Ant, appeal, banker, BBC, bedroom tax, benefit, benefit cap, benefits, Coalition, Conservative, council house, council tax, Dec, Department for Work and Pensions, disability, disabled, DWP, economy, government, Iain Duncan Smith, let's get ready to rumble, Liberal, Liberal Democrat, living wage, Mandatory Work Activity, Mike Sivier, mikesivier, off, people, politics, rich, sale, sell, social security, tax, Tories, Tory, Vox Political, welfare, YouTube
Newswatchers woke this morning to an announcement from DWP dictator Iain Duncan Smith that changes to the UK’s social security system that came into effect today are “fair”.
Was this an April Fool? One might reasonably think so, since he also trotted out the long-discredited line that it was about making sure “people find work always pays”. We all know that work won’t pay until people receive a living wage – the amount of benefit paid out by the government has nothing to do with that at all.
The measures, which are designed to put the squeeze on people who are genuinely poor and in need of state help, will actually ensure that families are around £900 a year worse off (some say “than when the Coalition entered government in 2010”, but some don’t).
The fact that they attack the poor shows that this government is intentionally ignoring the point – which is that those who caused the economic crash in the first place (bankers and the very rich) should by paying off the debts.
Instead, this government is giving a £100,000 tax handout to anyone on the top tax rate. Mr Smith’s ‘Mandatory Work Activity’ schemes drain hundreds of millions of pounds from the taxpayer and nearly £1 billion from the economy every year, while paying the vast majority of that money to rich business bosses, who ensure it is never seen again.
And Smith himself appears to have become confused about what he is trying to achieve. In the Telegraph, four days ago, he said: “If you listen to what I am saying, you will understand the reality is that this country is not cutting welfare, it is managing the growth at a lower level.” So the bill is increasing, is it?
But on the BBC website today he is quoted as saying the government was “trying to get control of the welfare bill and make sure it lowers.”
What is he doing, then – managing an increase or forcing a cut? Either way, the wrong people are being made to suffer.
In the same BBC article, a Liberal Democrat pensions minister called Steve Webb said the bedroom tax was supposed to help a quarter of a million people in Britain who are in “cramped, overcrowded accommodation – desperate for a family home and there aren’t enough homes and we’ve got to make better use of the houses we’ve got.”
Did the interviewer press him to admit that the Conservative policy of selling off council houses during the 1980s and 1990s was wrong? No. Opportunity missed there, BBC!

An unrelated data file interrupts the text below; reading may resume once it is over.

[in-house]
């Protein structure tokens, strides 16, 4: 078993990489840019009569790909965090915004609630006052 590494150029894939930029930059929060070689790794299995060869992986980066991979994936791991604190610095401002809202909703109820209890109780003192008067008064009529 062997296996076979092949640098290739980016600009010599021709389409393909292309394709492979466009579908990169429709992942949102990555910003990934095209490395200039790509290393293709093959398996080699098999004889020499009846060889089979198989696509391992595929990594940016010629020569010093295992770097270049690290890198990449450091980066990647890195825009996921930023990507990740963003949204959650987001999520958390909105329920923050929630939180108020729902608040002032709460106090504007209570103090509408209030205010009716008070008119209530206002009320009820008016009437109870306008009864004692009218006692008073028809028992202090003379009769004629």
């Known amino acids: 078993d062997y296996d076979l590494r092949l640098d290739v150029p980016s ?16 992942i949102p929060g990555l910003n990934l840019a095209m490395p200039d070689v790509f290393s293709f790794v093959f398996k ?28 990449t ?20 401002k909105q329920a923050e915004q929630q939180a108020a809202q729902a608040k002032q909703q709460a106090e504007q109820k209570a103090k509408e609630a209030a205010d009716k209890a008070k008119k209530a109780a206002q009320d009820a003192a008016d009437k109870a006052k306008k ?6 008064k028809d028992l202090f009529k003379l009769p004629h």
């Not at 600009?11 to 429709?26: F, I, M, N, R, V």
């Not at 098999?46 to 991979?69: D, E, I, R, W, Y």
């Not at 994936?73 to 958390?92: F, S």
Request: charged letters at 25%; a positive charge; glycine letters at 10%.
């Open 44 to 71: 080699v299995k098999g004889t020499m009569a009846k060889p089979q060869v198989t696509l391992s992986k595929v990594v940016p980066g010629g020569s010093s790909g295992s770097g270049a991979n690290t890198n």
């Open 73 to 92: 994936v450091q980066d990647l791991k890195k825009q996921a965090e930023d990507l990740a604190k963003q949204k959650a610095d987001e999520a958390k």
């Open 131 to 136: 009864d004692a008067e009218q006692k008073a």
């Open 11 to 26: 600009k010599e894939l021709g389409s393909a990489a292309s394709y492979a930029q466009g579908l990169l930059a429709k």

Remember: There isn’t enough social housing because the Tories sold it all off and pocketed the profit, rather than using it to build more. That’s why there isn’t enough to go around now. They created this situation.
And, if you’re in the overcrowded accommodation to which Mr Webb refers – or a victim of the Bedroom Tax, you are going to pay for it.
The simple fact of the Bedroom Tax is that it is a trap. The government says people can avoid paying it by moving to smaller accommodation, but this avoids the reality that such properties are not available – figures released by the Labour Party show that 97 per cent of the 600,000 affected households have nowhere else to go.
They have no choice but to take the loss in benefits and pay the difference themselves, while they appeal against the decision to include their household in those affected. Current advice is for everyone affected by the Bedroom Tax to appeal. Why make it easy for them?
The BBC website report goes on to damn the government’s other so-called “reforms” (the Conservatives use this word wrongly. A reform would make something better. These are simply cuts).
“It has been estimated that two million low income households [in England] will pay more, as a result of changes to council tax benefit,” the article states.
“Also from this month, most working-age benefits will increase by just one per cent – less than the likely rise in the cost of living.
“And later this month, an overall limit of £500 a week on claims is beginning in four London boroughs, and will come into force across England, Scotland and Wales over the coming months.”
Only in the warped recesses of Mr Smith’s mind.
Those of you who watch the pop charts will know that Ant and Dec are enjoying considerable success with their new version of Let’s Get Ready To Rumble.
I mention this because there has to be enough footage of Saturday’s anti-bedroom tax demonstrations to make a decent video to synch up with that perfectly-titled track.
Would anybody like to put one together and post it on YouTube? It could be a smash hit.
In more ways than one.
Follow me on Twitter: @MidWalesMike
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